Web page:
Amnesty International Condemns Powers on Human Rights

Amnesty International said Tuesday that the relentless pursuit of security by powerful nations had undermined human rights, draining energy and attention from crises afflicting the poor and underprivileged.

In releasing its 2006 annual report, the human rights watchdog condemned countries such as the United States, China and Russia for focusing on narrowly defined interests, diluting efforts to solve conflicts elsewhere — such as Sudan's Darfur region.

"There is no doubt that it (the war on terror) has given a new lease on life to old-fashioned repression," Irene Khan, Amnesty International's secretary general, told a news conference.

The human rights watchdog called on the United Nations to address abuses in Darfur, where violence has killed more than 180,000 people and displaced 2.5 million since 2003. Many of the atrocities are blamed on the so-called Janjaweed, a disparate group of Arab militiamen allegedly backed by the Sudanese government.

"(The United States) has basically mortgaged its moral authority on the streets of Fallujah and Baghdad — and lost moral authority to speak on this issue," Khan told AP Television News in regard to Darfur.

Amnesty also called for the closure of the Guantanamo Bay prison camp, and for full disclosure on prisoners implicated elsewhere in the "war on terror." It also asked for the U.N. Human Rights Council to insist on equal standards "whether in Darfur, Guantanamo, Chechnya or China."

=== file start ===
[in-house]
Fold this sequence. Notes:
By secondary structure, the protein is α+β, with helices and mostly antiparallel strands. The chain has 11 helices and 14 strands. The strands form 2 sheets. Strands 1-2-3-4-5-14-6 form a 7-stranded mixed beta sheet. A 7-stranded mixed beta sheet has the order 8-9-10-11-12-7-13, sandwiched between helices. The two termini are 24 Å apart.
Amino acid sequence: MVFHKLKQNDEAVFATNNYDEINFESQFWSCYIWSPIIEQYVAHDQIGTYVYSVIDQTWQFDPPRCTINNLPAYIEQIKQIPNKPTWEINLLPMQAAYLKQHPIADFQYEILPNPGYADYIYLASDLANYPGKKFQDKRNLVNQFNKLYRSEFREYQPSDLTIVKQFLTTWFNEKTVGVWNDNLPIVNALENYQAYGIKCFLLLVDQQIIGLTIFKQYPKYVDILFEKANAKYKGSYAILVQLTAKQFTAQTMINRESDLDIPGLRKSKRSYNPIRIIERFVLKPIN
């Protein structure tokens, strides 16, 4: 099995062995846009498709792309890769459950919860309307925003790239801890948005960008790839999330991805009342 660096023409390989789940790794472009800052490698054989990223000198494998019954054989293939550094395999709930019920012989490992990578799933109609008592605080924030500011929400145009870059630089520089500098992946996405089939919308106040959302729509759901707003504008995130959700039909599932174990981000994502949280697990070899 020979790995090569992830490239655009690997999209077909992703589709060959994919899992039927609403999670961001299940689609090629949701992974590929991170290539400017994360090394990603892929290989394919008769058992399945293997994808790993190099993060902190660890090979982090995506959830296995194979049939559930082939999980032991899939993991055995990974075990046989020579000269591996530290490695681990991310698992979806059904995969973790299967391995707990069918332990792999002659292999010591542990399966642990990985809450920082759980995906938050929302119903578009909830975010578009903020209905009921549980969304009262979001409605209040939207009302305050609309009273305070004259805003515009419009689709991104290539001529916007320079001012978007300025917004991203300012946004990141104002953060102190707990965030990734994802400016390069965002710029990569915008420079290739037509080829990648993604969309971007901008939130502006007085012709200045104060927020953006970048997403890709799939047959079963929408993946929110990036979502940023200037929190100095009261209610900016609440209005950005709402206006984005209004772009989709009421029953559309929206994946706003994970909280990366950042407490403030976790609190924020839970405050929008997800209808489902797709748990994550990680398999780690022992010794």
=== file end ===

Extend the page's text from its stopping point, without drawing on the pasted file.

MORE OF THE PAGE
"Guantanamo prison camp is an aberration under international law," Khan told AP. "It places people outside the rule of law. And it sends a message to other regimes around the world — like Egypt or China — that they too can ignore human rights. They too can lock people up in the name of national security."

Amnesty appealed for a change of strategy in Iraq, which it described as having sunk into "a vortex of sectarian violence."

"When the powerful are too arrogant to review and reassess their strategies, the heaviest price is paid by the poor and powerless — in this case ordinary Iraqi women, men and children," Khan said in a statement.

Amnesty has criticized U.S. President George W. Bush 's approach to tackling international terrorism since the Sept. 11 attacks, complaining that hard-won human rights and civil liberties are being sacrificed in the name of stepped-up security.

Along with cases of abuse of prisoners in U.S. detention, the assault on rights makes it harder for Western countries to press other governments to clean up their rights record, Amnesty said. Countries such as Colombia and Uzbekistan used counterterrorism to justify the repression of opponents, it said.

The increasing brutality of terrorist and militant attacks is a "bitter reminder that the 'war on terror' is failing and will continue to fail until human rights and human security are given precedence over narrow national security interests," Khan said.